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Musings on mindfulness and refugees

Each step of the way with iACT has been a full body yes for me. This little powerhouse of an organization has been on my distant radar for a few years now, but just recently we managed to finally cross paths and link missions.

I was invited to travel to eastern Chad to share mindfulness practices with preschool teachers, cooks, and soccer coaches. A long-time dream was about to come true.

The 28 teachers and cooks we spent three days with came together from two of the northern camps to do their third and final Little Ripples training together.

They had been exposed to mindfulness practices in their previous trainings, and have been regularly incorporating it into their preschool curriculum daily.

On the second day of training, we spent about an hour and a half practicing together, discussing, and sharing. We would do a short sit (or stand, or walk) and then debrief. Some I led, and some the teachers led. I was unsure what to expect. I didn’t know how well it would translate and what would be meaningful and useful to folks in a refugee camp. To say this time together was one of the highlights of my life is an understatement. With each practice we shared, layers fell away and we found ourselves relating more and more deeply and easily. Our experiences of practice were so similar. Our collective willingness to be together with open hearts and minds showed as our eyes became brighter, smiles and laughter came more easily, and there was so much snapping in the circle, signifying agreement and a desire to share from the experience.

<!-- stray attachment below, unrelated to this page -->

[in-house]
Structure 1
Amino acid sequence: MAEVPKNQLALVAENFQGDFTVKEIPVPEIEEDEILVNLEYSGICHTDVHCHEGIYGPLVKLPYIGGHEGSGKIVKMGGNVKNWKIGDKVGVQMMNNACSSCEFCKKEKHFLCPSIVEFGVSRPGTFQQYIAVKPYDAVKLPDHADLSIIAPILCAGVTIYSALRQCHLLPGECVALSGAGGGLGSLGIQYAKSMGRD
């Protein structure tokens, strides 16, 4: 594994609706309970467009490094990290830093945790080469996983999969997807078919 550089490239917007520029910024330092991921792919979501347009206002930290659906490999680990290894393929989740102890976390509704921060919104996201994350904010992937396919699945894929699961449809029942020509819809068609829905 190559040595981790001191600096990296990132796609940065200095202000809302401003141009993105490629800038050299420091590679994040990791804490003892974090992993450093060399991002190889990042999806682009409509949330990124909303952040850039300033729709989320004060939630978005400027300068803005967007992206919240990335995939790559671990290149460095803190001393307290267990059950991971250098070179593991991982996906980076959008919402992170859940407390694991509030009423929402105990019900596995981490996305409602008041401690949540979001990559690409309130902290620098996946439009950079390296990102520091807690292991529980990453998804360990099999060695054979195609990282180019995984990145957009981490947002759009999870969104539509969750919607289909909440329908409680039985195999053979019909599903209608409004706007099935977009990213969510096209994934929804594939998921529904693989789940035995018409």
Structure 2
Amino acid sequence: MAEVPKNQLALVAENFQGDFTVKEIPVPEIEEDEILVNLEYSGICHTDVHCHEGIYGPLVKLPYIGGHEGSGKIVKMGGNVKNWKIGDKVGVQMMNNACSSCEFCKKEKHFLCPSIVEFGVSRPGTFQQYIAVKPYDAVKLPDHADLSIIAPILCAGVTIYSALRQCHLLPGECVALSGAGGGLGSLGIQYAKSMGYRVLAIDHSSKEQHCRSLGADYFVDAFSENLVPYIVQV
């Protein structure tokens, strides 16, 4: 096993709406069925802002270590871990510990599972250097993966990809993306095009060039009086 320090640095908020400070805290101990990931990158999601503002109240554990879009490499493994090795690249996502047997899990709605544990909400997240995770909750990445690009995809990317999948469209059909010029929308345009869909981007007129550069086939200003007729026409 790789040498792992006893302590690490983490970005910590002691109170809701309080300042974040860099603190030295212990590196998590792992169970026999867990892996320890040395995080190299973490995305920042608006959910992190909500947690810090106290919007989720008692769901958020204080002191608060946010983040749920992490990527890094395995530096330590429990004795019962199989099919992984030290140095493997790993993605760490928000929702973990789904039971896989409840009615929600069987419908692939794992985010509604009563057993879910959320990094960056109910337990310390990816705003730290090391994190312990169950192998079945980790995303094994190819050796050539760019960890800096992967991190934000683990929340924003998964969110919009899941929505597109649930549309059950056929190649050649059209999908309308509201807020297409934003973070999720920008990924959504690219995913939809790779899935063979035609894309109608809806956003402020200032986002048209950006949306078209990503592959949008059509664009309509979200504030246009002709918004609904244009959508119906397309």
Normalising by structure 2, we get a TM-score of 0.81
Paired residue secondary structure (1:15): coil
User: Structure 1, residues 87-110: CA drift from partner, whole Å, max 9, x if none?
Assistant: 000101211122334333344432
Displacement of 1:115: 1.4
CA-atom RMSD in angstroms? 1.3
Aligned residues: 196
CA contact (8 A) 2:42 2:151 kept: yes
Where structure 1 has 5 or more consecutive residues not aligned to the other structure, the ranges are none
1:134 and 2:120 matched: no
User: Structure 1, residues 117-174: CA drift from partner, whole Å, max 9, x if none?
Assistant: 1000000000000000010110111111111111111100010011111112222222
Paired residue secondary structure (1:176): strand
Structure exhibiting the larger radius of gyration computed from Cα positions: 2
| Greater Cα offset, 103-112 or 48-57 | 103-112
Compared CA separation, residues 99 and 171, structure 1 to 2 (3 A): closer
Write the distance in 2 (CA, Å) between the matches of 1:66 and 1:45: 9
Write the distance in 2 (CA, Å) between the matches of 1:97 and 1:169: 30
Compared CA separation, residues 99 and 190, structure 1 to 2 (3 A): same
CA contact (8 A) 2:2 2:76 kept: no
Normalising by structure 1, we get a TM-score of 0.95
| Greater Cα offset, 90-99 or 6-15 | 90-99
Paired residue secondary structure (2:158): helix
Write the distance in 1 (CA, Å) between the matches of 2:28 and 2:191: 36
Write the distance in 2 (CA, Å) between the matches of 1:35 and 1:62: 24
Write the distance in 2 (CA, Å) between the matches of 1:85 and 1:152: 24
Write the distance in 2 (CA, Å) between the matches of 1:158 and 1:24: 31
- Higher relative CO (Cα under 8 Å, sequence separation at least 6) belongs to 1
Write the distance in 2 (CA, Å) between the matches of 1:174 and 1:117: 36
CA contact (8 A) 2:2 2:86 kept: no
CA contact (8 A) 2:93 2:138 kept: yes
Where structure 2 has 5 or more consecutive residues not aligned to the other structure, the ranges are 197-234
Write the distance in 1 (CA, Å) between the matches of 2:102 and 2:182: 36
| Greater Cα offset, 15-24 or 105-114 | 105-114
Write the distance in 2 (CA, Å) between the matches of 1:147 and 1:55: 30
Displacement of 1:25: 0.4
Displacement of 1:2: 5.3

I am further awed at the simple power of sitting quietly, paying attention to breath and body.

Today we decided to offer a short sit to the parents of some of the Little Ripples preschool children as a way to share what their children are experiencing at school. They were a bit skeptical at first but willing. They dropped right in, children in one circle, parents and some teachers in another, soccer coaches behind – all of us sitting quietly together, breathing. The room became still as we each had our own experience of internal connection.

As we came out, the parents were bright and said they were happy to have a new tool. The children were settled and calm, and a soccer coach shared with the parents some of the reasons he has taken to his own practice. These experiences have been a natural doorway to deep connections that transcend language, race, culture and life experience.

I am humbled and so thankful.


Help iACT continue to do what it does best:

Support refugees in the forgotten corners of the world through soccer and preschool.

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